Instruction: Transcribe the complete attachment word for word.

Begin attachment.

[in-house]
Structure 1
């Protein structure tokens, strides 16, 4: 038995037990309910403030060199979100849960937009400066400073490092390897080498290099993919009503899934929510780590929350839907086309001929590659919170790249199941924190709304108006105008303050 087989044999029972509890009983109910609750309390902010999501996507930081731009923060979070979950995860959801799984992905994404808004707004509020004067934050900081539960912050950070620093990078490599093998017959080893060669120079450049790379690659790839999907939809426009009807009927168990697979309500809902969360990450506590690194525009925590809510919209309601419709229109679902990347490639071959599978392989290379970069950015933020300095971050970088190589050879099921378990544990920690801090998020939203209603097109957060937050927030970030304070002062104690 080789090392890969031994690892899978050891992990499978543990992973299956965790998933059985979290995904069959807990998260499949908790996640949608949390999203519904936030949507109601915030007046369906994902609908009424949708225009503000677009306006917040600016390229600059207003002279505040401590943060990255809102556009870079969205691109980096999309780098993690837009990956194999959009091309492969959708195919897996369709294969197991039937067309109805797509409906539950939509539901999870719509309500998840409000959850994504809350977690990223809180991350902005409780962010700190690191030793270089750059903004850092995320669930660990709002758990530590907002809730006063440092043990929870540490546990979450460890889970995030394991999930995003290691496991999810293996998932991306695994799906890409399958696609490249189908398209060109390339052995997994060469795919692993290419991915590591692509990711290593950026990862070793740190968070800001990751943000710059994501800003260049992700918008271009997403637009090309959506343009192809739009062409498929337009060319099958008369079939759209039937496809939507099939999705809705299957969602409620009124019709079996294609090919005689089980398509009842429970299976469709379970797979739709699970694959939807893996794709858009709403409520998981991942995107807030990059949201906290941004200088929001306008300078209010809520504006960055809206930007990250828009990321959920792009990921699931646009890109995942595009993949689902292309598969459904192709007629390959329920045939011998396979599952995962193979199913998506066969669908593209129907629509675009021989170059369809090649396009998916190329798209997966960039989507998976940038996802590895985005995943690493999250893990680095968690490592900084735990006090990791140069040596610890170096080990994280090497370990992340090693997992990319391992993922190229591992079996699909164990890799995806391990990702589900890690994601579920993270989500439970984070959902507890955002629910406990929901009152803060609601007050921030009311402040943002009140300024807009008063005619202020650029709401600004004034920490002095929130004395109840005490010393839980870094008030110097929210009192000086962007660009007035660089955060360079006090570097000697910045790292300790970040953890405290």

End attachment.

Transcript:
[in-house]
Structure 1
């Protein structure tokens, strides 16, 4: 038995037990309910403030060199979100849960937009400066400073490092390897080498290099993919009503899934929510780590929350839907086309001929590659919170790249199941924190709304108006105008303050 087989044999029972509890009983109910609750309390902010999501996507930081731009923060979070979950995860959801799984992905994404808004707004509020004067934050900081539960912050950070620093990078490599093998017959080893060669120079450049790379690659790839999907939809426009009807009927168990697979309500809902969360990450506590690194525009925590809510919209309601419709229109679902990347490639071959599978392989290379970069950015933020300095971050970088190589050879099921378990544990920690801090998020939203209603097109957060937050927030970030304070002062104690 080789090392890969031994690892899978050891992990499978543990992973299956965790998933059985979290995904069959807990998260499949908790996640949608949390999203519904936030949507109601915030007046369906994902609908009424949708225009503000677009306006917040600016390229600059207003002279505040401590943060990255809102556009870079969205691109980096999309780098993690837009990956194999959009091309492969959708195919897996369709294969197991039937067309109805797509409906539950939509539901999870719509309500998840409000959850994504809350977690990223809180991350902005409780962010700190690191030793270089750059903004850092995320669930660990709002758990530590907002809730006063440092043990929870540490546990979450460890889970995030394991999930995003290691496991999810293996998932991306695994799906890409399958696609490249189908398209060109390339052995997994060469795919692993290419991915590591692509990711290593950026990862070793740190968070800001990751943000710059994501800003260049992700918008271009997403637009090309959506343009192809739009062409498929337009060319099958008369079939759209039937496809939507099939999705809705299957969602409620009124019709079996294609090919005689089980398509009842429970299976469709379970797979739709699970694959939807893996794709858009709403409520998981991942995107807030990059949201906290941004200088929001306008300078209010809520504006960055809206930007990250828009990321959920792009990921699931646009890109995942595009993949689902292309598969459904192709007629390959329920045939011998396979599952995962193979199913998506066969669908593209129907629509675009021989170059369809090649396009998916190329798209997966960039989507998976940038996802590895985005995943690493999250893990680095968690490592900084735990006090990791140069040596610890170096080990994280090497370990992340090693997992990319391992993922190229591992079996699909164990890799995806391990990702589900890690994601579920993270989500439970984070959902507890955002629910406990929901009152803060609601007050921030009311402040943002009140300024807009008063005619202020650029709401600004004034920490002095929130004395109840005490010393839980870094008030110097929210009192000086962007660009007035660089955060360079006090570097000697910045790292300790970040953890405290």